Use this URL to cite or link to this record in EThOS: http://ethos.bl.uk/OrderDetails.do?uin=uk.bl.ethos.651333
Title: Representing logics in type theory
Author: Gardner, Philippa
Awarding Body: University of Edinburgh
Current Institution: University of Edinburgh
Date of Award: 1992
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Abstract:
Computer Science today has many examples of logics given by proof systems. Although one intuitively knows how to use these systems and recognise correct derivations, there is no definitive account which captures this intuition. It is therefore natural to seek a framework for representing logics, which unifies the structure common to all logical systems. We introduce such a framework, called ELF+ and based on the Edinburgh Logical Framework (ELF). The major advantage of ELF&43 is that it allows us to give precise definitions of representation. Such definitions are not possible with ELF since information is lost during encoding; the adequacy theorems of ELF representations are only applicable to particular encodings and cannot be generalised. We rectify this deficiency using the extra distinctions between terms provided by the universes of a pure type system which yields a simple presentation of the type theory of ELF+ . To do this, we extend these type systems to include signatures and βeta-equivalence. Using the ideas underlying representation in ELF+ , we give a standard presentation of the logics under consideration, based on Martin-Lof's notion of judgements and Aczel's work on Frege structures. This presentation forms a reference point from which to investigate representations in ELF+ it is not itself a framework since we do not specify a logic using a finite amount of information. Logics which do not fit this pattern are particularly interesting as they are more difficult, if not impossible, to encode. The syntactic definitions of representations have an elegant algebraic formulation which utilises the abstract view of logics as consequence relations. The properties of the ELF+ entailment relation determine the behaviour of the variables and consequence relations of the logics under consideration. Encodings must preserve this common structure. This motivates the presentation of the logics and their corresponding type theories as strict indexed categories (or split fibrations) so that encodings give rise to indexed functors. The syntactic notions of representation now have a simple formulation as indexed isomorphisms.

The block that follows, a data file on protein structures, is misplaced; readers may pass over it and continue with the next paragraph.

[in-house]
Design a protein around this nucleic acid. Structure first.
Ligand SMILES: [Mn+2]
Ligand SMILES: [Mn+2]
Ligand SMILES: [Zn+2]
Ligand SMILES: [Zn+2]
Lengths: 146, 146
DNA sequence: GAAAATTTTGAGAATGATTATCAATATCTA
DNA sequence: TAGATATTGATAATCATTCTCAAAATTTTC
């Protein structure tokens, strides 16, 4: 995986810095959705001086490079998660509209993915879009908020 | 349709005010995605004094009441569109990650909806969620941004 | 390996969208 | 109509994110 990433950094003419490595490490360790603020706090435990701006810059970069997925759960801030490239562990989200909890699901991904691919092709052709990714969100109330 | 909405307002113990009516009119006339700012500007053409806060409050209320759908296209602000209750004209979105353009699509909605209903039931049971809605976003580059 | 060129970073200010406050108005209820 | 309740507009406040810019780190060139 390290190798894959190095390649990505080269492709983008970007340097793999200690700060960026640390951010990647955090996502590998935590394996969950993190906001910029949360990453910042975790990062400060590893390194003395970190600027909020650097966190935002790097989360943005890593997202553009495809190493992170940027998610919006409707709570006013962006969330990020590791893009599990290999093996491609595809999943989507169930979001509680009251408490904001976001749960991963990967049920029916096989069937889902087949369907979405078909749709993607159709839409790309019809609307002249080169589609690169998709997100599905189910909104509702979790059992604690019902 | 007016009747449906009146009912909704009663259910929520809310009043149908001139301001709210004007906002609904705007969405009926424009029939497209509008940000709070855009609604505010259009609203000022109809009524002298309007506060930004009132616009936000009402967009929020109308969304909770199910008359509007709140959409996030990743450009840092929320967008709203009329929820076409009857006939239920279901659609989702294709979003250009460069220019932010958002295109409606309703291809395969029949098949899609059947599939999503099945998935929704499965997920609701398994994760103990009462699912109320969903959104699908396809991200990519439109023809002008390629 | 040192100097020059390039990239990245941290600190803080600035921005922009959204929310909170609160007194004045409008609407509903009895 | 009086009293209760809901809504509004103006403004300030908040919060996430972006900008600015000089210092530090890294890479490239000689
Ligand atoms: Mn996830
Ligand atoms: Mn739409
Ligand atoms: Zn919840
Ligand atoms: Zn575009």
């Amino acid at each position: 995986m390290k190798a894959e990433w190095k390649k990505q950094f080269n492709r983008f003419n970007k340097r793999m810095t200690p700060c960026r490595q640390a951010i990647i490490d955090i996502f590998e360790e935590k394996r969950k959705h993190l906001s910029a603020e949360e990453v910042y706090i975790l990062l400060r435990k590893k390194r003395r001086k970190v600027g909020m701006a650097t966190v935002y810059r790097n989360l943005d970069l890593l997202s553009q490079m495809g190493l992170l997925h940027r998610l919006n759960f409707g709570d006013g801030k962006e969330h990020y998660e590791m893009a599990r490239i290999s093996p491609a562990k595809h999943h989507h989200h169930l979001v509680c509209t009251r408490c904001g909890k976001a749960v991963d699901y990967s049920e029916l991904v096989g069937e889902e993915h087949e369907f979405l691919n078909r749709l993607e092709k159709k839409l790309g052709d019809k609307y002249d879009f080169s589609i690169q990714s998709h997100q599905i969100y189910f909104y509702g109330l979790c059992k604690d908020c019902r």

Supervisor: Not available Sponsor: Not available
Qualification Name: Thesis (Ph.D.) Qualification Level: Doctoral
EThOS ID: uk.bl.ethos.651333  DOI: Not available
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